How To Get Bearings Out Of Skate Wheels


How To Get Bearings Out Of Skate Wheels – ultimate guide

Removing your skate wheel bearings is quite simple if you know the secret pro way! Many skate shops have special tools for removing skate bearings, and they normally do so for free. However, removing your own skate bearings is straightforward. Just be careful — while removing the bearings from the skate wheels is simple, it’s also simple to harm your wheels if you’re not careful. Read these instructions thoroughly to learn how to get bearings out of skate wheels.

How To Get Bearings Out Of Skate Wheels

The inner sections of skate wheels are known as wheel bearings. They are prone to dirt, dust, and mud due to their location, which can gather and form encrusted heaps of obstinate dirt. This can have an impact on your performance since the bearings can halt, affecting the natural movement of the skate wheels.

Mud can become stuck in the shield, and small sharp particles can break the shield, which is typically composed of plastic. Because of an open shield, you may wind up losing some ball bearings, which might damage your performance as well as your overall safety.

Before learning how to remove bearings out of a skate wheel, you need to know there are some different types of skate bearings. 

  • Steel: 

This is the most commonly used material for bearings. This is the greatest option because the material is less expensive and more durable. Metal bearings are appropriate for both novice and experienced skaters.

The main disadvantage of metal bearings is that they are susceptible to heat, which can affect their strength and longevity. Keep in mind that there is a lot of stress between the wheel and axle, and friction can transform into heat. Steel expands when exposed to high temperatures, thus your bearings may become inefficient over time if subjected to excessive heat.

Regular maintenance is essential for metal bearing preservation. With proper maintenance and care, you will be able to extend the functional lie as well as the performance of your bearings.

  • Ceramic:

Because heat can damage steel, manufacturers want a material that is resistant to high temperatures and friction. Ceramic skate bearings come into play. Ceramic bearings are extremely resilient and will not change shape or function even when subjected to intense heat.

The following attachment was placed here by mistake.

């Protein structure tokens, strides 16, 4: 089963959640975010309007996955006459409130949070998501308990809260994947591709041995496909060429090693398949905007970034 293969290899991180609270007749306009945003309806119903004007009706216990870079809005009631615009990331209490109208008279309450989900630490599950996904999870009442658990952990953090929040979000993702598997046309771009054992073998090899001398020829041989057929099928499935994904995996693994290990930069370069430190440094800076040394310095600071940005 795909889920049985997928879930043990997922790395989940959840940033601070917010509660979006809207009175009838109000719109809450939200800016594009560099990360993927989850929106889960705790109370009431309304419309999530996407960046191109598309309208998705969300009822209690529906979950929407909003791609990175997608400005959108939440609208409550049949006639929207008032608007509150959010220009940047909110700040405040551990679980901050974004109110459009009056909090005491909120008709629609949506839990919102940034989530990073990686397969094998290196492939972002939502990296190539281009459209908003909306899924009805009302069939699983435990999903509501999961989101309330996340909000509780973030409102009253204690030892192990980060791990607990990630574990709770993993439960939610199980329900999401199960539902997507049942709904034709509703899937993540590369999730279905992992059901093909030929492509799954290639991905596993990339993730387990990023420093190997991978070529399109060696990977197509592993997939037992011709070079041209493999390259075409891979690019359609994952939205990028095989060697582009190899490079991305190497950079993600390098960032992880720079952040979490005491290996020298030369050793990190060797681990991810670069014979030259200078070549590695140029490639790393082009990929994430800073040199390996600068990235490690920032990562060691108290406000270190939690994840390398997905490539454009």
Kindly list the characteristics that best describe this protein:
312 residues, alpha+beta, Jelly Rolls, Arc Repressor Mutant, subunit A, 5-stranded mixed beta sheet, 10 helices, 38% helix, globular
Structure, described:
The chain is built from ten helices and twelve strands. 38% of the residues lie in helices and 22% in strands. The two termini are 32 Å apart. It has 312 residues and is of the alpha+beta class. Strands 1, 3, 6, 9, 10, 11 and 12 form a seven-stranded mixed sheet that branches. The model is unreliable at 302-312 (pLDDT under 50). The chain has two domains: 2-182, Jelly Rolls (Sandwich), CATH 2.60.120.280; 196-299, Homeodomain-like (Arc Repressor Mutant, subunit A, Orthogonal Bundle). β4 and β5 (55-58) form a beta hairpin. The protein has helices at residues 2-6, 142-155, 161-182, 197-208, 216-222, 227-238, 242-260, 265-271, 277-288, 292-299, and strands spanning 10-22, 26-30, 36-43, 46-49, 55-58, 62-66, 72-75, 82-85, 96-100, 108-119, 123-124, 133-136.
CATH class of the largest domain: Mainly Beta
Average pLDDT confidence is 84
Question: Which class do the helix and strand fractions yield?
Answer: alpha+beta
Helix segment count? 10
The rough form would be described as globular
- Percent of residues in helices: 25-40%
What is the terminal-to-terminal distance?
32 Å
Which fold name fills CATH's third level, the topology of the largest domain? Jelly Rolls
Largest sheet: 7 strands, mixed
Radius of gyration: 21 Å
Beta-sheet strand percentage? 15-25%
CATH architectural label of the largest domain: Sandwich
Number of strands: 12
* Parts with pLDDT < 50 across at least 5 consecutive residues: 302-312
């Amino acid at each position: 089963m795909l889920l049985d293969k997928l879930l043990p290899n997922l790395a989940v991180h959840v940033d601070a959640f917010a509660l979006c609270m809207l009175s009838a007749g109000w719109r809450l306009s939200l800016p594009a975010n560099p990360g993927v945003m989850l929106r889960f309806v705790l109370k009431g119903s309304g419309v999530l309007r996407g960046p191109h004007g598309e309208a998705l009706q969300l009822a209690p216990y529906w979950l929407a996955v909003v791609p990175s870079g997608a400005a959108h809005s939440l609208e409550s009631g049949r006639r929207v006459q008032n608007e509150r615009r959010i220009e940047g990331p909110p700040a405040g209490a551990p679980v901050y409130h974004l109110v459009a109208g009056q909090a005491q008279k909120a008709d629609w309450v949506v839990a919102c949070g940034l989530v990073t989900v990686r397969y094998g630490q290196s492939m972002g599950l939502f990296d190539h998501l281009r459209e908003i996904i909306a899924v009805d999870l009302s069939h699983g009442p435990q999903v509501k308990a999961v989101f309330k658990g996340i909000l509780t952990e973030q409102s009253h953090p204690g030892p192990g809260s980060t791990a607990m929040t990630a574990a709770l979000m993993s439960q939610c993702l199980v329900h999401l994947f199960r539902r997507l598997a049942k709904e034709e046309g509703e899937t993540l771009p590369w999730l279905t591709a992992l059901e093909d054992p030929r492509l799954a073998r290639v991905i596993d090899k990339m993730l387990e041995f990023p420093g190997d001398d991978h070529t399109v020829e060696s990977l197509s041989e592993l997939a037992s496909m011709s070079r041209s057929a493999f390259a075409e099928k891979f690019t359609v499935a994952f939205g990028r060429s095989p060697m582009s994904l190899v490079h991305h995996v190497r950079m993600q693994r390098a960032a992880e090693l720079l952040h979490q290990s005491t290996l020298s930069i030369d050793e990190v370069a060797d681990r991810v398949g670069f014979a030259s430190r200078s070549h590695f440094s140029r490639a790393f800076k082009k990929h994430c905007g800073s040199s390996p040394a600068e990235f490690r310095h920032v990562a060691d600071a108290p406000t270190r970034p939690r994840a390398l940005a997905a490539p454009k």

Ceramic bearings are made from silicon nitride. This is a smoother material than steel that is resistant to heat and pressure.

And, just like steel, these bearings must be maintained on a regular basis if they are to work effectively and survive a long period. Ceramic bearings must be greased and maintained. The disadvantage of employing ceramic bearings is that they are relatively expensive. Despite the higher cost, top skaters prefer ceramic to steel.

After knowing what bearing of skate wheels are made from, we will learn how to remove and clean bearings out of skate wheels. If you want a skate which performs as expected and is safe to use, you must do wheel bearing care at least once a month or even more often if you use your skate on a regular basis. Here is your guide:

This is a step-by-step instruction for removing and cleaning bearings from a wheel. You may be wondering how to remove bearings because you want to replace an old one or simply check the health of your bearings after a performance, but the same principle applies to cleaning.

  • Before you begin, you’ll need a few tools and materials: A small, sharp tool like a pin; Wrench socket; A solvent like acetone or paint thinner; Grease, oil or bearing lubricant; Small containers; Paper towels; Dishwashing soap and water (for cleaning the wheels); Soft brush like an old toothbrush; Small basin. 
  • Once you have everything collected, we’ll show you how to clean your skateboard bearings at home in 5 simple stages.

  • Step 1: Remove wheels

Begin by loosening the axle nuts with your skate tool or wrench and sliding your truck axle wheels off. Keep note of the washers that go between the axle bolts and the interior of the axel, as well as the bearings. To avoid losing any small bits of hardware, we recommend organizing and storing the axle nuts and speed washers in a small tray.